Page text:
Tutorial EQ07: Mechanics and Moirés in 2D Materials

Monday, November 29, 2021
1:30 PM - 5:00 PM

The tutorial will focus on the fundamental science of the mechanical behavior and the moiré superlattice of 2D materials. Currently, strain has been adopted to modulate a wide range of physical properties of 2D materials, where the strain engineering of 2D materials requires a thorough understanding of their mechanical behaviors. Recently, the moiré superlattice and the atomic reconstruction were observed under periodic strain potential, which can lead to some emergent and intriguing properties, such as unconventional superconductivity and unique optoelectronic behaviors. The tutorial will cover the fundamental understanding of the elastic and plastic behaviors of 2D materials and interfaces in various deformation modes, including stretching, bending, wrinkling, crumpling, fracture, and delamination, from multiscale (atomistic to continuum) perspectives. The tutorial will also provide an overview of the theory of emerging properties associated with 2D material moiré superlattice and their applications into twistronics.

Mechanics of 2D Materials and Interfaces 
Rui Huang, The University of Texas at Austin

Atomically thin materials such as graphene and other 2D materials are promising for a wide range of applications. Among many unique and attractive properties of 2D materials, mechanical properties play important roles in manufacturing, integration and performance for their potential applications. Mechanics is indispensable in the study of mechanical properties, both theoretically and experimentally. This tutorial aims to summarize the current understanding on the mechanics of 2D materials including linear and nonlinear elasticity, strength and toughness, as well as mechanical interactions such as adhesion and friction at the interfaces of 2D materials. Theoretical and computational models will be presented along with experimental methods for predicting and measuring the mechanical and interfacial properties of 2D materials.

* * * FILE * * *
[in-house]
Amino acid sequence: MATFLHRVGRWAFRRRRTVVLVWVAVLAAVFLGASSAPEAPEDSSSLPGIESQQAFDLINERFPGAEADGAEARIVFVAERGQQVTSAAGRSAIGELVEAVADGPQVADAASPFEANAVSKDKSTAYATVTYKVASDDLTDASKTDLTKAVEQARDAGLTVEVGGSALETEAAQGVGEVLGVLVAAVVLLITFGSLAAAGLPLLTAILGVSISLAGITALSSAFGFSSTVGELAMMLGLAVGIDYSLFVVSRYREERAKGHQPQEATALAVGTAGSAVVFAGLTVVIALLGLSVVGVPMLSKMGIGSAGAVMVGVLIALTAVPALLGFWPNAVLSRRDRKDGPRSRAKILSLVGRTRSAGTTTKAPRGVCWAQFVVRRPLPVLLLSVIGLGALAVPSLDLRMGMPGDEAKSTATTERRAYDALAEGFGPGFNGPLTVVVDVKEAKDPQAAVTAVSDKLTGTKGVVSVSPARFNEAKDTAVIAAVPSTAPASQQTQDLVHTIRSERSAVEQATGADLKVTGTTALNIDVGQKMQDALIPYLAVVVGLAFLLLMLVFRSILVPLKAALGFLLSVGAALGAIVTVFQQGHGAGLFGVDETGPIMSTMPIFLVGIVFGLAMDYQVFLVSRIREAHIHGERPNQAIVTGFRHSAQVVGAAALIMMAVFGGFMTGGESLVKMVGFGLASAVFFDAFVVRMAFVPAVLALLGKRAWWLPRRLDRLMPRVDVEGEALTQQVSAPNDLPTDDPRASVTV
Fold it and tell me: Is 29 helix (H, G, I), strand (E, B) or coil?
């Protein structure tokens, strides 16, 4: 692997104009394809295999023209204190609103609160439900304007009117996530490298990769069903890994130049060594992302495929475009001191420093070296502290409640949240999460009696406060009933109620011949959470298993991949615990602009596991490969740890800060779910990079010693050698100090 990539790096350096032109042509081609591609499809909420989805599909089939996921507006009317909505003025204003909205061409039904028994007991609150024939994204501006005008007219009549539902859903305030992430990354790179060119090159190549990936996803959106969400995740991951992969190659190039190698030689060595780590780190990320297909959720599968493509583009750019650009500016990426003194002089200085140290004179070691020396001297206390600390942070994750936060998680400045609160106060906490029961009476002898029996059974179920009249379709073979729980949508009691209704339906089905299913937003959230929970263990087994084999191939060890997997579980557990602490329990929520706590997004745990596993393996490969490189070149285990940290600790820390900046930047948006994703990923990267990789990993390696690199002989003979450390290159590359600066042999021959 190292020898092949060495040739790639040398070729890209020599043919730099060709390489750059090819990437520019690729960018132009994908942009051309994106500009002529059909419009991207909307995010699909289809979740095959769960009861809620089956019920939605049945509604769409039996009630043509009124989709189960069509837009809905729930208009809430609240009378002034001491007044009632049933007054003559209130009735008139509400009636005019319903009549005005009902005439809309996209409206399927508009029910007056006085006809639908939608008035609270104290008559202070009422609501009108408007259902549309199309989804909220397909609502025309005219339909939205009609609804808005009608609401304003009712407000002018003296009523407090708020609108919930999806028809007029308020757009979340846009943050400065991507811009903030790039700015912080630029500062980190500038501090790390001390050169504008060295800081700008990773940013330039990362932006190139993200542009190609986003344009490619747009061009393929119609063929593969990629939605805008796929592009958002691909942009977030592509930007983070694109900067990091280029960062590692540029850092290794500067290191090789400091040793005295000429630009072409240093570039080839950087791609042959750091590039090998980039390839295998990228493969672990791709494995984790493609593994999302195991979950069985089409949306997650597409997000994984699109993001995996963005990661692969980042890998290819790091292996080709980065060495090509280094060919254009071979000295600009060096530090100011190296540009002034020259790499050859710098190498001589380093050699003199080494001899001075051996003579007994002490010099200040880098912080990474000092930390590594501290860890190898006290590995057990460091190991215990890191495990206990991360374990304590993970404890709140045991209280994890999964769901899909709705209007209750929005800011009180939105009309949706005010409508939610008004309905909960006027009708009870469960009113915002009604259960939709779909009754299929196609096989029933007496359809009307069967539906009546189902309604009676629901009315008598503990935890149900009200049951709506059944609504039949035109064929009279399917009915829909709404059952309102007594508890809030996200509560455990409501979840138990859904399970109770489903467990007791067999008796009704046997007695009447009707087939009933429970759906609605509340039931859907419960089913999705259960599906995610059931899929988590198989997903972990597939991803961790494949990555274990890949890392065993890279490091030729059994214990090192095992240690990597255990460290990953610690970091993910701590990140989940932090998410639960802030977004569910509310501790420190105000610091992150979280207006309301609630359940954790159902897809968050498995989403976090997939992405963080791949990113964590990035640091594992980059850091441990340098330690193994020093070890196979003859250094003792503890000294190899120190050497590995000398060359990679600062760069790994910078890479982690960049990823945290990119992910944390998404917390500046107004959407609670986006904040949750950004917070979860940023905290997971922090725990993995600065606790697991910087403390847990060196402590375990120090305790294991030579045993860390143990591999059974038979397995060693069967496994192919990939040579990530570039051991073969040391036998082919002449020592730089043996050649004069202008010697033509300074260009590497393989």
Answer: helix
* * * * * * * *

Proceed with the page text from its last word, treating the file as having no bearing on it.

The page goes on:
• Linear and nonlinear elasticity
  • Strength and toughness
  • Adhesion and friction

Electronic Properties of Moir
é Superlattices 
Allan H. MacDonald, The University of Texas at Austin

When two or more van der Waals material layers are overlaid with small differences in lattice constant are overlaid with small relative twist angles they form two-dimensional moiré superlattices with unit cell areas that can be thousands of times larger than the unit cell areas of the underlying two-dimensional crystals. When the moiré superlattice materials are semiconductors or semimetals, low-energy electronic properties are accurately described by low-energy models that have the periodicity of the superlattice. These moiré materials act like crystals with artificial giant atoms. One of the most attractive properties of moiré materials is that the number of electrons per unit cell can be changed by more than one using electrical gates. MacDonald will survey the electronic properties of moiré materials, focusing on systems that have been achieved experimentally, including graphene bilayers and multilayers and systems based on tradition metal dichalcogenide layer building blocks.

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MRS publishes with Springer Nature


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